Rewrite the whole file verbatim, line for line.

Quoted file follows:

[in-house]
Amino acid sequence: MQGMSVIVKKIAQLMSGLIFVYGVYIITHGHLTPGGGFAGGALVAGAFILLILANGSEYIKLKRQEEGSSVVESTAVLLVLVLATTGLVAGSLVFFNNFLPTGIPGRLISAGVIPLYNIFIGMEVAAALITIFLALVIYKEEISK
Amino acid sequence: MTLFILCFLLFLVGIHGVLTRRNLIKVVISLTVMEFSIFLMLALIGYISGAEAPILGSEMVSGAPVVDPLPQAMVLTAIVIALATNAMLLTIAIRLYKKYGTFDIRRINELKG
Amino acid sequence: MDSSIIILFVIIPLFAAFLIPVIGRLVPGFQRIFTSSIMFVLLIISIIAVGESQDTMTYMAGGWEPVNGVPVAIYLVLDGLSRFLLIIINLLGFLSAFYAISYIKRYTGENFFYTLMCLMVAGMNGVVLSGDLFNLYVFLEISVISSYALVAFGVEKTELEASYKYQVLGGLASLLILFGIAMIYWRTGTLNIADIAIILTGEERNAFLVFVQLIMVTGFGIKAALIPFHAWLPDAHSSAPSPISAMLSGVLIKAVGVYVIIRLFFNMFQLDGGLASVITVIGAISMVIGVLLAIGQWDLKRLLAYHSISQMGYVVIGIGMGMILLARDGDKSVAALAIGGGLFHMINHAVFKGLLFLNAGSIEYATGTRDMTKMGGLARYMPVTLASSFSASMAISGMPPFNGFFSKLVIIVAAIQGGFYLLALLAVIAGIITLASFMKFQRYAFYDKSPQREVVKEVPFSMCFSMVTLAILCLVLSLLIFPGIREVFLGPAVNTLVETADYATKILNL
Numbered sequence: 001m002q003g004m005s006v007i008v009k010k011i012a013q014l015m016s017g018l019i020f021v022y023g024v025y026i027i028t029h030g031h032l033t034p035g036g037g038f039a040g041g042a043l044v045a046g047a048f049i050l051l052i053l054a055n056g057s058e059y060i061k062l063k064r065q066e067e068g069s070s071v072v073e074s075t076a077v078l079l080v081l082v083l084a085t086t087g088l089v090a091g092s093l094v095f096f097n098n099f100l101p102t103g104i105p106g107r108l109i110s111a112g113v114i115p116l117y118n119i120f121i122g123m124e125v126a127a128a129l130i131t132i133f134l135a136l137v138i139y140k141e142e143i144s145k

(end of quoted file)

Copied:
[in-house]
Amino acid sequence: MQGMSVIVKKIAQLMSGLIFVYGVYIITHGHLTPGGGFAGGALVAGAFILLILANGSEYIKLKRQEEGSSVVESTAVLLVLVLATTGLVAGSLVFFNNFLPTGIPGRLISAGVIPLYNIFIGMEVAAALITIFLALVIYKEEISK
Amino acid sequence: MTLFILCFLLFLVGIHGVLTRRNLIKVVISLTVMEFSIFLMLALIGYISGAEAPILGSEMVSGAPVVDPLPQAMVLTAIVIALATNAMLLTIAIRLYKKYGTFDIRRINELKG
Amino acid sequence: MDSSIIILFVIIPLFAAFLIPVIGRLVPGFQRIFTSSIMFVLLIISIIAVGESQDTMTYMAGGWEPVNGVPVAIYLVLDGLSRFLLIIINLLGFLSAFYAISYIKRYTGENFFYTLMCLMVAGMNGVVLSGDLFNLYVFLEISVISSYALVAFGVEKTELEASYKYQVLGGLASLLILFGIAMIYWRTGTLNIADIAIILTGEERNAFLVFVQLIMVTGFGIKAALIPFHAWLPDAHSSAPSPISAMLSGVLIKAVGVYVIIRLFFNMFQLDGGLASVITVIGAISMVIGVLLAIGQWDLKRLLAYHSISQMGYVVIGIGMGMILLARDGDKSVAALAIGGGLFHMINHAVFKGLLFLNAGSIEYATGTRDMTKMGGLARYMPVTLASSFSASMAISGMPPFNGFFSKLVIIVAAIQGGFYLLALLAVIAGIITLASFMKFQRYAFYDKSPQREVVKEVPFSMCFSMVTLAILCLVLSLLIFPGIREVFLGPAVNTLVETADYATKILNL
Numbered sequence: 001m002q003g004m005s006v007i008v009k010k011i012a013q014l015m016s017g018l019i020f021v022y023g024v025y026i027i028t029h030g031h032l033t034p035g036g037g038f039a040g041g042a043l044v045a046g047a048f049i050l051l052i053l054a055n056g057s058e059y060i061k062l063k064r065q066e067e068g069s070s071v072v073e074s075t076a077v078l079l080v081l082v083l084a085t086t087g088l089v090a091g092s093l094v095f096f097n098n099f100l101p102t103g104i105p106g107r108l109i110s111a112g113v114i115p116l117y118n119i120f121i122g123m124e125v126a127a128a129l130i131t132i133f134l135a136l137v138i139y140k141e142e143i144s145k